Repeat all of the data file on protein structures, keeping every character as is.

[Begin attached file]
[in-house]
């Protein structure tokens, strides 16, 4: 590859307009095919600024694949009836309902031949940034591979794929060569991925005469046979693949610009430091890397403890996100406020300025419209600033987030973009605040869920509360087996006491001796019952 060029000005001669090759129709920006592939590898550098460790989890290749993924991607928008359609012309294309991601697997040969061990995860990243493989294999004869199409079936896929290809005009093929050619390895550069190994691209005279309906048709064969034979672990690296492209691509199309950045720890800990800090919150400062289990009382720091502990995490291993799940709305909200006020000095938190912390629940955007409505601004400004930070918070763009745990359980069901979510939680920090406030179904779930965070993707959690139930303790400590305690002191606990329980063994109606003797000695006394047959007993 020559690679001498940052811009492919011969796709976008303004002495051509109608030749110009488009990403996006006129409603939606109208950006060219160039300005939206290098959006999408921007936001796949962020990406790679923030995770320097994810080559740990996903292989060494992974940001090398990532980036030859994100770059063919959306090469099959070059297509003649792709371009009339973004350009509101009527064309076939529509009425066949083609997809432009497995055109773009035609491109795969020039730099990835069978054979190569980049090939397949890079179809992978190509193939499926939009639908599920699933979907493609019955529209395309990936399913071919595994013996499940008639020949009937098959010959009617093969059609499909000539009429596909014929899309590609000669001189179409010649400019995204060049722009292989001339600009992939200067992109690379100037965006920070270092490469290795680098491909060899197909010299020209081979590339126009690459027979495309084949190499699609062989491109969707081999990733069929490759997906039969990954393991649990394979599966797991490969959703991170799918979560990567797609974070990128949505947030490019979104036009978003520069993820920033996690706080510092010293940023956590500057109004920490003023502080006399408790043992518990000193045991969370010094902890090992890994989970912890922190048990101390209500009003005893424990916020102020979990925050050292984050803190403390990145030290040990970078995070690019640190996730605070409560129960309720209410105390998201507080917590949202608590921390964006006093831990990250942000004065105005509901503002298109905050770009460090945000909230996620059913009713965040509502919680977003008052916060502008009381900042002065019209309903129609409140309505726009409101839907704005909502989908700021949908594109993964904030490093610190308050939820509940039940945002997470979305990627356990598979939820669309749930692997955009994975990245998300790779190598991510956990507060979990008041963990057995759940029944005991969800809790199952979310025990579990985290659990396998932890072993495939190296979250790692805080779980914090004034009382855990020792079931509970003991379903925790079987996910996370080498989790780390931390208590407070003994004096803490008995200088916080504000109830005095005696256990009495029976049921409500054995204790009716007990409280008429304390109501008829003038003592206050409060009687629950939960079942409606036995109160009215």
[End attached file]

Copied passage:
[in-house]
């Protein structure tokens, strides 16, 4: 590859307009095919600024694949009836309902031949940034591979794929060569991925005469046979693949610009430091890397403890996100406020300025419209600033987030973009605040869920509360087996006491001796019952 060029000005001669090759129709920006592939590898550098460790989890290749993924991607928008359609012309294309991601697997040969061990995860990243493989294999004869199409079936896929290809005009093929050619390895550069190994691209005279309906048709064969034979672990690296492209691509199309950045720890800990800090919150400062289990009382720091502990995490291993799940709305909200006020000095938190912390629940955007409505601004400004930070918070763009745990359980069901979510939680920090406030179904779930965070993707959690139930303790400590305690002191606990329980063994109606003797000695006394047959007993 020559690679001498940052811009492919011969796709976008303004002495051509109608030749110009488009990403996006006129409603939606109208950006060219160039300005939206290098959006999408921007936001796949962020990406790679923030995770320097994810080559740990996903292989060494992974940001090398990532980036030859994100770059063919959306090469099959070059297509003649792709371009009339973004350009509101009527064309076939529509009425066949083609997809432009497995055109773009035609491109795969020039730099990835069978054979190569980049090939397949890079179809992978190509193939499926939009639908599920699933979907493609019955529209395309990936399913071919595994013996499940008639020949009937098959010959009617093969059609499909000539009429596909014929899309590609000669001189179409010649400019995204060049722009292989001339600009992939200067992109690379100037965006920070270092490469290795680098491909060899197909010299020209081979590339126009690459027979495309084949190499699609062989491109969707081999990733069929490759997906039969990954393991649990394979599966797991490969959703991170799918979560990567797609974070990128949505947030490019979104036009978003520069993820920033996690706080510092010293940023956590500057109004920490003023502080006399408790043992518990000193045991969370010094902890090992890994989970912890922190048990101390209500009003005893424990916020102020979990925050050292984050803190403390990145030290040990970078995070690019640190996730605070409560129960309720209410105390998201507080917590949202608590921390964006006093831990990250942000004065105005509901503002298109905050770009460090945000909230996620059913009713965040509502919680977003008052916060502008009381900042002065019209309903129609409140309505726009409101839907704005909502989908700021949908594109993964904030490093610190308050939820509940039940945002997470979305990627356990598979939820669309749930692997955009994975990245998300790779190598991510956990507060979990008041963990057995759940029944005991969800809790199952979310025990579990985290659990396998932890072993495939190296979250790692805080779980914090004034009382855990020792079931509970003991379903925790079987996910996370080498989790780390931390208590407070003994004096803490008995200088916080504000109830005095005696256990009495029976049921409500054995204790009716007990409280008429304390109501008829003038003592206050409060009687629950939960079942409606036995109160009215």